Zoning and Land Use
Land use and development laws have evolved. Early planners were those people who set out to create roadways to connect towns to larger arteries throughout the new country. When small towns started to grow, city leaders would put more detail into these roadways and the buildings that could be constructed around them. While some features were uniform from city to city, such as banks and taverns, others would differ based on the primary function of those in the city. With the country’s growth and the need to control the type of buildings that could be constructed, the government began regulating property with more detail through land use and zoning designations.
Land Use Versus Zoning
Much has changed since the early days of land planning. The first city in the country to restrict what could be constructed was New York City, and this law was not enacted until 1916. The reason for the regulation was the construction of a skyscraper that many felt devalued the buildings around it. Thus, the city’s leaders established zoning regulations to restrict what builders could construct on a given land plot. Zoning and land use differ in one significant way: regulation. Land use is how planners and developers decide to improve property while zoning laws dictate what they can and cannot do.
Zoning Controls Future Developments
Large tracts of land are surveyed and studied before improvements are approved. The local government’s planning and zoning authority examines the studies performed regarding soil type, location, and developments in the surrounding area. They then divide the large tract of land into smaller sections with specified zoning designations. Some of the most common include:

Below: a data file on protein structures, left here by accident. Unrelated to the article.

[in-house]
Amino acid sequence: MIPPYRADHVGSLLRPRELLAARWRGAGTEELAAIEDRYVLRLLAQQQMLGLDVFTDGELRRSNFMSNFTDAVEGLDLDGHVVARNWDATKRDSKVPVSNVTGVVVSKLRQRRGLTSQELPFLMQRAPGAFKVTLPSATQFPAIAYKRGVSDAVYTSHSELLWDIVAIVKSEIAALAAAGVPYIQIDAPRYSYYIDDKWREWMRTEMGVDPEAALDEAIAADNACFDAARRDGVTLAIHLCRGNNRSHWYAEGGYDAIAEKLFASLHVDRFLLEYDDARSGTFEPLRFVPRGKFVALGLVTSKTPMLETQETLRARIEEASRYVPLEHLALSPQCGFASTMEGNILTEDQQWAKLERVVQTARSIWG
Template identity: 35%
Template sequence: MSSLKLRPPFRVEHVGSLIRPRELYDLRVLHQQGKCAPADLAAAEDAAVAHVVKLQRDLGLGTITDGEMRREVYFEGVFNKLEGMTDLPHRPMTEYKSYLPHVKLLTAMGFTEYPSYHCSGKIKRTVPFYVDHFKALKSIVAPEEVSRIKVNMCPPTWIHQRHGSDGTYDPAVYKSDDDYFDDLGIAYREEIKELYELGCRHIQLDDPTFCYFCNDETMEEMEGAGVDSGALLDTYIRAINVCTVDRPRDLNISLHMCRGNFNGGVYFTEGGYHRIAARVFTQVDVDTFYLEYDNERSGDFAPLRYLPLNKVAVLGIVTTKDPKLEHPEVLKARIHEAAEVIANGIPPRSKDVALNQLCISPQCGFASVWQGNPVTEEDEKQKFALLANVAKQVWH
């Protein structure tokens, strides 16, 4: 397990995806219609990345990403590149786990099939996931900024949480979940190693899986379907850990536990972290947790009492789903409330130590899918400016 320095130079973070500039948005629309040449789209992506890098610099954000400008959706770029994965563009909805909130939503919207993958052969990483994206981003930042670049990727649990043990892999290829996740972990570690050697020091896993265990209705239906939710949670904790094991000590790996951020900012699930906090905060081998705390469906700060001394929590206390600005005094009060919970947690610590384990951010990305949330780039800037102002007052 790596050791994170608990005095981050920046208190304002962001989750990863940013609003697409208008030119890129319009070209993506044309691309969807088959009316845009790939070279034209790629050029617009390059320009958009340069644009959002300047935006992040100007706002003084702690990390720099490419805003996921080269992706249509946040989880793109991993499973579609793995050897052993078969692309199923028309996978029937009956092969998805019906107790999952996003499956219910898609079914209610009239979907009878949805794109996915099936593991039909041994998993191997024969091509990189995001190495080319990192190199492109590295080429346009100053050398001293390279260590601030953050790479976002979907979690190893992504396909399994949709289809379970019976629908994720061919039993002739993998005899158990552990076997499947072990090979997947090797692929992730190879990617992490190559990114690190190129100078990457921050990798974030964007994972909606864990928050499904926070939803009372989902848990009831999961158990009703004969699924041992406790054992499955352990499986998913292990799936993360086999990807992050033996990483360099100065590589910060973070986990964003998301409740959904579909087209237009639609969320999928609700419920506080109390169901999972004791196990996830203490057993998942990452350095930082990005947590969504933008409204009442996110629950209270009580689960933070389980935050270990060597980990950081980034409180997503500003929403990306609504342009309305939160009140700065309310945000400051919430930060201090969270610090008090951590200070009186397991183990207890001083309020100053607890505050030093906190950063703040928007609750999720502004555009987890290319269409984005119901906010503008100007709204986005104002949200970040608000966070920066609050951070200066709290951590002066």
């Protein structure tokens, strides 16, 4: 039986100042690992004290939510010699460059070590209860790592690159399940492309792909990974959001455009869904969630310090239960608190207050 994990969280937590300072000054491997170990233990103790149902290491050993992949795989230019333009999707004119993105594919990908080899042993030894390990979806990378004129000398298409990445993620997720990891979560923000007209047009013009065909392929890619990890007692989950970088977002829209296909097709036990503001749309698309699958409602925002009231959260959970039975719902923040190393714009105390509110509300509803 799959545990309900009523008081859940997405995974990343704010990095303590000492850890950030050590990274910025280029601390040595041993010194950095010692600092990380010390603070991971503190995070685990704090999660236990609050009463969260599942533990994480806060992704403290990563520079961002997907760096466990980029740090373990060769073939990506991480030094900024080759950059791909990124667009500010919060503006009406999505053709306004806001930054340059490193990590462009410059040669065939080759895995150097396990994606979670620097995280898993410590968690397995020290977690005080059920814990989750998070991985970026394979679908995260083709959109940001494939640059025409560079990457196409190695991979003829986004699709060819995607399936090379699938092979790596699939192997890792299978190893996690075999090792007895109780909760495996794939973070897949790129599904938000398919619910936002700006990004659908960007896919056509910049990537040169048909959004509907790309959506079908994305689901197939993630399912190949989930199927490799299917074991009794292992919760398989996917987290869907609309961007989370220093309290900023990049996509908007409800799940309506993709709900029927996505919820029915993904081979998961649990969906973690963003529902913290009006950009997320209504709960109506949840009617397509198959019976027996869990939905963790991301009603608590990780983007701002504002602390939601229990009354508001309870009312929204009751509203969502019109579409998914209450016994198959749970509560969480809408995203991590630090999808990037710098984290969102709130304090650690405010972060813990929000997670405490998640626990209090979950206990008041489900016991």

- Residential-single family
- Utility substation
The zoning board may impose further regulations on each of these general districts. They can limit the number of homes and specify the type of commercial businesses constructed.
The Purpose of Land Use and Zoning
Aside from controlling an oversaturation of one development type in a city boundary, zoning performs many other purposes. Without zoning, developers might wipe out large areas of natural habitat critical for supporting at-risk or endangered species. Zoning ensures that complimentary designations are near each other and places restrictions on the size and type of buildings constructed. Zoning considers things such as parking spaces, boundaries, and where utility lines need to go. A developer looking to improve vacant land will need to consider the current zoning in place before plotting the land use. A real estate lawyer can help sort out the regulations in place and even apply for changes if the need arises.